Parallel Practices

As one of my citations suggests, an important part of Foucault’s method is to provide a history of the present in a way that makes contemporary arrangements peculiar—for example, showing that modernity’s will to truth with respect to sexuality (the demand that people give and account of who and what they are as sexual beings) constitutes a radical break with how sexuality had been problematized in early periods.8 But perhaps his most accessible illustration is contained in his brief analysis of another historical episode of the will to truth, his gloss on the problem of the so- called dangerous individual in nineteenth-century legal psychiatry. There he refers to “the gradual emergence in the course of the nineteenth century of [an] additional character, the criminal.” Whereas in previous centuries, there were merely crimes and penalties, the nineteenth century witnessed the emergence of a new subject, which, having become an object of knowledge, was to be professionally interrogated and asked to tell truths about itself. As a result, conversations about the criminal/subject began taking place between doctors and jurists. Psychiatry had entered the courtroom because it was part of a new medical dispositif, focused on “a sort of public hygiene” applied to a new target of governance, the social order.9

Foucault’s account in his treatment of the “dangerous individual” points to a crucial aspect of his method. He incessantly surveyed com- plicit epistemological discourses, especially those of psychiatry and other “human sciences,” that ran parallel to the manifestations of the will to truth in changing modes of governance. For example, in his lectures under the title, Security, Territory, Population, he refers not only to an emerging governmentality—connected to new techniques of power focused on managing the new collective object, the “population” (a collectivity subject to calculations)—but also to the role of the “human sciences.” He shows that while governance had shifted from a focus on sovereign power to one of managing the social order, those “sciences” had become concerned with the population’s individual subjects, whose living, working, and speaking had to be comprehended.10

Elsewhere, in a reflection on an issue that arose in Australia in the 1970s, I elaborated the implications for inquiry of Foucault’s evocation of that new subject, “the population.”11 Concerned with a high rate of infant mortality among its Aboriginal “population,” the Australian government commissioned a social science investigation to explain what they viewed as a statistical aberration. Employing a social psychological idiom, their investigators attributed the problem to the Aborigine’s recalcitrance, their insistence on continuing to move about while their women were pregnant. As I pointed out, the presupposition of the investigation was assimilation- ist. Rather than recognizing Australia as a bicultural state and thereby taking on the responsibility to mobilize health care services—putting them in vehicles instead of having only the fixed spaces of the hospital—the investigators expected Aborigines to curtail their nomadic cultural practices (they referred to an Aboriginal “failure to assimilate to our norms”).12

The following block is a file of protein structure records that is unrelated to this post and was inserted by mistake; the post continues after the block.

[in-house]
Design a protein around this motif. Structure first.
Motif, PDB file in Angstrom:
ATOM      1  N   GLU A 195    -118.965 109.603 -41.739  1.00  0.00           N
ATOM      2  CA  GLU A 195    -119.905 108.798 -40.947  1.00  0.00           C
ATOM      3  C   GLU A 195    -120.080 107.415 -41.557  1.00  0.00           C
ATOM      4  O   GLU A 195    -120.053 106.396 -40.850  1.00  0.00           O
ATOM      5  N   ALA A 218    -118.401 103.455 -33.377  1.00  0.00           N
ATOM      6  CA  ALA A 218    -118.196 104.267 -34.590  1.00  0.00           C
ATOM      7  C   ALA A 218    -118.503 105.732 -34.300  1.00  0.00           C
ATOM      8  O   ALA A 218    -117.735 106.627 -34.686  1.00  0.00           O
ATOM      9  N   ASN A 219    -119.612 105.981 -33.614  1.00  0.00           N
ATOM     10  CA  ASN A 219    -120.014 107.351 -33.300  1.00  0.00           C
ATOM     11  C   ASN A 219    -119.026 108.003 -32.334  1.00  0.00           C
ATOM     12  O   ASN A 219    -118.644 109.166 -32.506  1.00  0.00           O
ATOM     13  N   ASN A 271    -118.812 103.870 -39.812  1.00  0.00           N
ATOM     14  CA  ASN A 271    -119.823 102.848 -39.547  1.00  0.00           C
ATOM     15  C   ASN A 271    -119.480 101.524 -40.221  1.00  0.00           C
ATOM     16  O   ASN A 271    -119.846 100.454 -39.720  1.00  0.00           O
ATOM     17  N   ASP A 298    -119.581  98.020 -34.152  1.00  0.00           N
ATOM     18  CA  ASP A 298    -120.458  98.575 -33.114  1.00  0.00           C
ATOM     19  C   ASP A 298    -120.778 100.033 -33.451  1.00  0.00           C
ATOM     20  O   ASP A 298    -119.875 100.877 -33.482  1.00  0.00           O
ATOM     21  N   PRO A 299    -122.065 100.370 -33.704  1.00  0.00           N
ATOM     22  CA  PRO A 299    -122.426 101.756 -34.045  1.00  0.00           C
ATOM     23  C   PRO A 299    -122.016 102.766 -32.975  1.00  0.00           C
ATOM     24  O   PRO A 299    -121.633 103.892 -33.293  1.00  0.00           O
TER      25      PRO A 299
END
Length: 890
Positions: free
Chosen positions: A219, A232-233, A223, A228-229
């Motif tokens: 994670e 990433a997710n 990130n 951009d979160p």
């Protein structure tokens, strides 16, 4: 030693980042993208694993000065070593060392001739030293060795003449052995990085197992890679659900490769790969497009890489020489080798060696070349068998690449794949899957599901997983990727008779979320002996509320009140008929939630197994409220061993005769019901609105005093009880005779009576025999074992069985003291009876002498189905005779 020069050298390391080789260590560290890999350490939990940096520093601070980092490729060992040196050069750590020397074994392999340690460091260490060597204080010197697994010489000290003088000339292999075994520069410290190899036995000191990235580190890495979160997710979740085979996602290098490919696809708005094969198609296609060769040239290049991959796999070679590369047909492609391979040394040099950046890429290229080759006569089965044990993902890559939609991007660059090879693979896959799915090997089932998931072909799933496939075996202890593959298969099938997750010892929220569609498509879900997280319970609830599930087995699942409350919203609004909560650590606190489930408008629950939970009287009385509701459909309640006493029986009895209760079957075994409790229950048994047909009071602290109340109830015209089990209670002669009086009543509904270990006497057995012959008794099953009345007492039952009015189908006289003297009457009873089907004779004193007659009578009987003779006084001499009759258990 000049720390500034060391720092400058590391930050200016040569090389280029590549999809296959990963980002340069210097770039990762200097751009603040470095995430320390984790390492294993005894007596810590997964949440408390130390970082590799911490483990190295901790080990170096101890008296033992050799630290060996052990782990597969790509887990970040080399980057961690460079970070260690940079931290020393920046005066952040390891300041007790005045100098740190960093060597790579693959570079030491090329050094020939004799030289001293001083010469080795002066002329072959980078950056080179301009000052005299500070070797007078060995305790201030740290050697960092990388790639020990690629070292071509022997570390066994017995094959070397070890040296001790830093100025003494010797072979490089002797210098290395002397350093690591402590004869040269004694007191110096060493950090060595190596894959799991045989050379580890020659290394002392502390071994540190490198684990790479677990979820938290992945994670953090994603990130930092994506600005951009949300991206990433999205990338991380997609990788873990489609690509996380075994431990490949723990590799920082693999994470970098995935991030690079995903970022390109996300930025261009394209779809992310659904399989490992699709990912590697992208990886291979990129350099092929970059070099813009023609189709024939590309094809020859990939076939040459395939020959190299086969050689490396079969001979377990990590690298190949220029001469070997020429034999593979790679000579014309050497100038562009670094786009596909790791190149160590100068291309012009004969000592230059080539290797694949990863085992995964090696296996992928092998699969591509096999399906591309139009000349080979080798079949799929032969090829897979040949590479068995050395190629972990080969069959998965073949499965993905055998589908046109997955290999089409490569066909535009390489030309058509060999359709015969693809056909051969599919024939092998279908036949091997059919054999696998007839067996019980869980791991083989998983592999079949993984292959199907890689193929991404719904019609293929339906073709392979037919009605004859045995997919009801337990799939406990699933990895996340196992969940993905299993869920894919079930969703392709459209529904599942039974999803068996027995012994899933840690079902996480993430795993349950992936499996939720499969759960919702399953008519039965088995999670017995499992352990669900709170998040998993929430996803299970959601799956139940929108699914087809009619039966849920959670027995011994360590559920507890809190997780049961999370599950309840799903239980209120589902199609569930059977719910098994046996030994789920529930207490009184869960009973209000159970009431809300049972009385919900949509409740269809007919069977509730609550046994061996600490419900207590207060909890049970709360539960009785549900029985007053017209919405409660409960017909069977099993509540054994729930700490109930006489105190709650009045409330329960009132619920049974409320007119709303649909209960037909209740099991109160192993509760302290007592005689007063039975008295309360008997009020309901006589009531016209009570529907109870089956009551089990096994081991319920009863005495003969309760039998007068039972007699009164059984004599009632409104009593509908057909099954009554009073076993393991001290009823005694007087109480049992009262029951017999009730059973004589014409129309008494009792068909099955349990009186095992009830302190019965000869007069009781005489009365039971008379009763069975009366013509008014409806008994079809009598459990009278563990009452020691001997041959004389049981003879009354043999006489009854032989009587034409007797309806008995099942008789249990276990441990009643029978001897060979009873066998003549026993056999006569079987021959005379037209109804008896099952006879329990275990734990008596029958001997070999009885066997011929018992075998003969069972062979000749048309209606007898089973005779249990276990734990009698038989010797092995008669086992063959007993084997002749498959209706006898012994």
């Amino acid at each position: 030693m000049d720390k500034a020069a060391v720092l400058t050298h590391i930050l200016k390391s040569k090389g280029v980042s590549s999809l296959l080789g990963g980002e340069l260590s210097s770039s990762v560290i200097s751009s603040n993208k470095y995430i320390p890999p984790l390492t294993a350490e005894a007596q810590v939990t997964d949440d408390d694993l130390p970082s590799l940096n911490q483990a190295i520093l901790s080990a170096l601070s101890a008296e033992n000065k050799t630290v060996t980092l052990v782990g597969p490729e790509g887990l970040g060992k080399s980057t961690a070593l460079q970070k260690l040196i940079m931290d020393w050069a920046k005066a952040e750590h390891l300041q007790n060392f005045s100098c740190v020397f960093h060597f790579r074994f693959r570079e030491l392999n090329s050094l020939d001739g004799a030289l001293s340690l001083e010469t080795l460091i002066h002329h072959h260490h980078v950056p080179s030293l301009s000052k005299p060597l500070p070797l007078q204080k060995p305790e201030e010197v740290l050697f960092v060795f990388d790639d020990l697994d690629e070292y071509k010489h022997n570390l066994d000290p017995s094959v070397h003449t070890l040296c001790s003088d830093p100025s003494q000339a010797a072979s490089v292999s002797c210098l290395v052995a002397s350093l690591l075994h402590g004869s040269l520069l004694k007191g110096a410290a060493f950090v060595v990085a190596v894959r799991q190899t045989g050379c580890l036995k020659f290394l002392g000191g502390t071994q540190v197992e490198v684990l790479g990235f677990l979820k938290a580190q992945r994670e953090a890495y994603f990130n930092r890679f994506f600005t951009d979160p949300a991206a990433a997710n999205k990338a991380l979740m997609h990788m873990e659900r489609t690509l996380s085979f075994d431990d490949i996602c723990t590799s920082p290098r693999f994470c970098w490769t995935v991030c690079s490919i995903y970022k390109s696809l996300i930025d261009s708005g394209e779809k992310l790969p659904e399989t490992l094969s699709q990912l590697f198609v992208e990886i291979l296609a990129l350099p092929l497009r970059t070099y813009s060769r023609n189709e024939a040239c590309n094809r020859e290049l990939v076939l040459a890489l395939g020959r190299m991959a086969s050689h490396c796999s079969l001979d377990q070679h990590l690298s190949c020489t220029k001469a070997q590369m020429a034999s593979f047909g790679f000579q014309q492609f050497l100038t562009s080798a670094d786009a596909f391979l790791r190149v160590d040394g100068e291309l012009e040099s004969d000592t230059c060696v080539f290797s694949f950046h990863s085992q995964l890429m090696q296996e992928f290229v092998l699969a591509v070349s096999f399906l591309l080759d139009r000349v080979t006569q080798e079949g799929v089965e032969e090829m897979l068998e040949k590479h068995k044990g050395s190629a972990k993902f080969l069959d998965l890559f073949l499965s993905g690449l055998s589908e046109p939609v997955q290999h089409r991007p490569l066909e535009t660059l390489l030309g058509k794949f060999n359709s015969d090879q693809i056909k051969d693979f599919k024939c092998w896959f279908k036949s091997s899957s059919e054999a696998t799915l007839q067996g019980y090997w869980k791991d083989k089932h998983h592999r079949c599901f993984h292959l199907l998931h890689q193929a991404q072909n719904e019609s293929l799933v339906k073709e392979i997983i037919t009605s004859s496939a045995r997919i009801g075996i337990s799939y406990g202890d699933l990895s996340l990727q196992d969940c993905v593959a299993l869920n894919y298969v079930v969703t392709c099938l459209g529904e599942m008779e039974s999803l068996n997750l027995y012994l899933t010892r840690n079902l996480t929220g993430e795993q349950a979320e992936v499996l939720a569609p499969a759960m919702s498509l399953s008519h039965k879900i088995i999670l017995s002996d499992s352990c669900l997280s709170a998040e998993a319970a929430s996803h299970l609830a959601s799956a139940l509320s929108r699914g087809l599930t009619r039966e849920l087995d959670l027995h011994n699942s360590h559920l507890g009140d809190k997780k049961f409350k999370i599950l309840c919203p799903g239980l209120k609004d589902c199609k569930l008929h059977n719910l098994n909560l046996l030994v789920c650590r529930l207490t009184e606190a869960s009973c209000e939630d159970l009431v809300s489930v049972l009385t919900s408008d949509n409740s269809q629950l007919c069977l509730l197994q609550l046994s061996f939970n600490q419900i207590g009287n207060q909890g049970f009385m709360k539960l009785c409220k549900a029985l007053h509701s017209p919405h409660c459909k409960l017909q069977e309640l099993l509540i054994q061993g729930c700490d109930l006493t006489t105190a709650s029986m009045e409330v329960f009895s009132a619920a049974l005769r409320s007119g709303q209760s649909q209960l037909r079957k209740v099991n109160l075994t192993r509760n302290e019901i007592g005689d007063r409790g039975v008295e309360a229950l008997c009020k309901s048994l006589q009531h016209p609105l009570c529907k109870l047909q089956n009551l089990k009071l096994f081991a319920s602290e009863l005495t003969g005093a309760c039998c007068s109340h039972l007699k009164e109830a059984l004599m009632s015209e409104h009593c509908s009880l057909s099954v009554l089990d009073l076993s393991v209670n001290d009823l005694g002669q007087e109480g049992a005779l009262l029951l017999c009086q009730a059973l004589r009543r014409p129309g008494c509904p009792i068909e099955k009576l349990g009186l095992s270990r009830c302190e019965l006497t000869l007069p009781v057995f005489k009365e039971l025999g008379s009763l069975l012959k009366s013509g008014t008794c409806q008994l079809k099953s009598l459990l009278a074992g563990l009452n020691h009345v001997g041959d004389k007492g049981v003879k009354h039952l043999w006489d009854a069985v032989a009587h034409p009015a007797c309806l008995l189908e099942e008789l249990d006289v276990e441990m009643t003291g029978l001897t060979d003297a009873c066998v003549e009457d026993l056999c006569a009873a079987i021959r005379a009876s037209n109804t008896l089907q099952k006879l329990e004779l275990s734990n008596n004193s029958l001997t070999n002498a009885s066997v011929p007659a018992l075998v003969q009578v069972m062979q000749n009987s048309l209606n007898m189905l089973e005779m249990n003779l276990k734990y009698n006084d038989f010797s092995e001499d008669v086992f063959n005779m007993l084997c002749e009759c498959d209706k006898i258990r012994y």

As I added, however, a foucauldian gloss on the issue gives it a deeper, more historically sensitive political resonance. Adopting his genealogical approach, in which he investigates changing problematizations rather than problems, I observed that Australia had become assimilated to the modern governmentality, so that the governmentalization of health issues was responsible for absorbing Aborigines into “the techniques of power” (which had emerged in the eighteenth century), turning what was a solution for them into a problem for white Australian governance. This passage from Foucault’s initial investigation of the politics of sexuality remains both politically and methodologically perspicuous:

One of the great innovations in the techniques of power in the eighteenth century was the emergence of “population” as an economic and political problem: population as wealth, population as labor capacity, population balanced between its own growth and the resources it commanded. Governments perceived that they were not merely dealing simply with subjects, or even with a “people,” but with a “population.”13

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